Photography: Young talent and older talent. The artistic photo journalist, this project is rare.
posted by Viomeda on Jun 26, 2007 - 13 comments

The human network

The human network is the paradigm and the infrastructure which supports social software.
posted by zippy on Jun 25, 2007 - 16 comments

So, you represent a country whose leader renamed the month of January after himself? We'll take the job!

"Even the best-endowed regimes need help navigating the shoals of Washington, and it is their great fortune that, for the right price, countless lobbyists are willing to steer even the foulest of ships." Journalist Ken Silverstein poses as a representative of the government of Turkmenistan to see if Washington lobbying firms will take on the job of making a country with a considerably less-than-stellar human rights record more palatable. The Association of Public-Safety Communications Officials calls Silverstein's work disingenuous; others disagree.
posted by hifiparasol on Jun 23, 2007 - 14 comments

The Conceptual Scoop AKA the way they used to do it back in the day....

"A smart story often does contain new facts," Bennett explains. "But just as often it takes facts that are lying in plain sight and synthesizes them, or arranges them in a way — sometimes in a narrative — that really exposes some new meaning on an important subject. And I think that's a conceptual scoop." (via ATC)
posted by photoslob on Jun 20, 2007 - 14 comments

Alan Johnston Video Surfaces

Kidnapped BBC Gaza correspondent Alan Johnston said that his captors have been treating him well in a video released today. There was no way to tell when the video was recorded. Mr Johnston was kidnapped on March 12 by Palestinian gunmen in Gaza City, and before today, had not been seen or heard from since. [Previously]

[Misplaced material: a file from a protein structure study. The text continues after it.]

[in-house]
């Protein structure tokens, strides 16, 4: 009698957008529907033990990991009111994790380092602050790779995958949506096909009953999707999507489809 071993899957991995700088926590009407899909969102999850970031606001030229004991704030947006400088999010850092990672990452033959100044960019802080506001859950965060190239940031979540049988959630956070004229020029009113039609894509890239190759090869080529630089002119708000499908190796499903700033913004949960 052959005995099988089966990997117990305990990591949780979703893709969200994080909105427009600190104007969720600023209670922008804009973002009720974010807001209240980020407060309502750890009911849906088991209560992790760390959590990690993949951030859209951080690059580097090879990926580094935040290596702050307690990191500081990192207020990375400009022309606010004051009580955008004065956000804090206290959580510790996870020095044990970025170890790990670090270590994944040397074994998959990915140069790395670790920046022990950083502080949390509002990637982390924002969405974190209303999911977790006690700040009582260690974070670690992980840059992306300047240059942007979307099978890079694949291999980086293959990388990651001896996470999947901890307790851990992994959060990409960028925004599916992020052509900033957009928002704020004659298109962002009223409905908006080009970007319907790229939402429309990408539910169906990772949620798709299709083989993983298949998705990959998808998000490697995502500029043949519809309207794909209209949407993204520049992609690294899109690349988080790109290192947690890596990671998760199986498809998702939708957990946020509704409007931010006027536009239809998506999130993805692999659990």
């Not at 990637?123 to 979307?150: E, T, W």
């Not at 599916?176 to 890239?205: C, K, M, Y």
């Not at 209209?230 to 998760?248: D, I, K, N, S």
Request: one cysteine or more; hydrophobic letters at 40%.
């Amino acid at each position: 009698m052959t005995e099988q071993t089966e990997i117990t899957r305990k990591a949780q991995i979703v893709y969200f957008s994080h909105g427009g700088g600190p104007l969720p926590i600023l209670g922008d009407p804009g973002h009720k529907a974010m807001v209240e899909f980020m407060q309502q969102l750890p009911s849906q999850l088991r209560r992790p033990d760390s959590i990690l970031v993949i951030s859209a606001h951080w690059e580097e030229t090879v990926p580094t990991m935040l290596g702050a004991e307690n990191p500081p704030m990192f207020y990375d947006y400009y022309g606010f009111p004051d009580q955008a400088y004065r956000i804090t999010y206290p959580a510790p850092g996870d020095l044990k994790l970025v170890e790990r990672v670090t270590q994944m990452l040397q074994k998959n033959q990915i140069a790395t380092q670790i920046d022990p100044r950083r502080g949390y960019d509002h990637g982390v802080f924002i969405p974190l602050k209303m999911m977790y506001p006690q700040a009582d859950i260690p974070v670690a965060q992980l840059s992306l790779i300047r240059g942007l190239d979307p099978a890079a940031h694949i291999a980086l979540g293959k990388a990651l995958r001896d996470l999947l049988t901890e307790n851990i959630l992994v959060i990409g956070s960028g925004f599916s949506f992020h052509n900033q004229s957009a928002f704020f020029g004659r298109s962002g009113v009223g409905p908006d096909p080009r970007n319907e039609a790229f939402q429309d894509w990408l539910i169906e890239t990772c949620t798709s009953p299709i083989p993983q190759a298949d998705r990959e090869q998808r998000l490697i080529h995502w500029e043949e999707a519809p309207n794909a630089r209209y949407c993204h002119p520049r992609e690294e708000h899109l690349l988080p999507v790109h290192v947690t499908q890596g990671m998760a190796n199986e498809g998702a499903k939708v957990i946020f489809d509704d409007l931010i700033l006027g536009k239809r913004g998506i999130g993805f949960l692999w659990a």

posted by chuckdarwin on Jun 1, 2007 - 13 comments

Project Censored 2007

Project Censored compiles an annual list of 25 news stories of social significance that have been overlooked, under-reported or self-censored by the country's major national news media. On this year's list : Halliburton Charged with Selling Nuclear Technologies to Iran, Oceans of the World in Extreme Danger, High-Tech Genocide in Congo, and many more.
posted by Afroblanco on May 27, 2007 - 26 comments

"If people can't trust that journalists are journalists, then we are on the road to intellectual anarchy."

Vancouver police posed as journalists to lure out and arrest the activist who threatened to bring protest of the 2010 Vancouver Olympics to the doorsteps of Olympic officials - and it isn't the first time police in BC have impersonated the media to make an arrest. The Canadian Association of Journalists is not amused, but a constable speaking for the VPD "doubts the outrage from the person on the street over the issue would be the same as it has been from the journalistic community". (Previously)
posted by blackberet on May 22, 2007 - 46 comments

If I told you half the things I've heard about this Jabba the Hutt, you'd probably short circuit.

Best headline ever. The AP lets it's geek flag fly in an article about high-wire artists crossing a river in Korea. [thanks kottke]
posted by Rock Steady on May 10, 2007 - 63 comments

It's hard being a journalist in Sri Lanka

"The people who murder journalists in Sri Lanka feel so well protected that they carry out fresh murders to mark the anniversaries of their preceding ones."
posted by chunking express on May 1, 2007 - 17 comments

Citizen journalism is a form of fascism waiting to happen

Citizen journalism is a form of fascism waiting to happen, suggests InfoWorld columnist Ephraim Schwartz.
posted by stbalbach on Apr 23, 2007 - 55 comments

The ten things most likely to be on The Daily Express front page

The ten things most likely to be on The Daily Express front page. This UK newspaper has gained something of a reputation of late because of their apparently monosyllabic attitude to the news and what'll appear as their front page story -- today with everything that's going in the middle east they ran with yet another story about Princess Diana. Here, Martin Belam analyzes the leaders for the past three months and examines the patterns.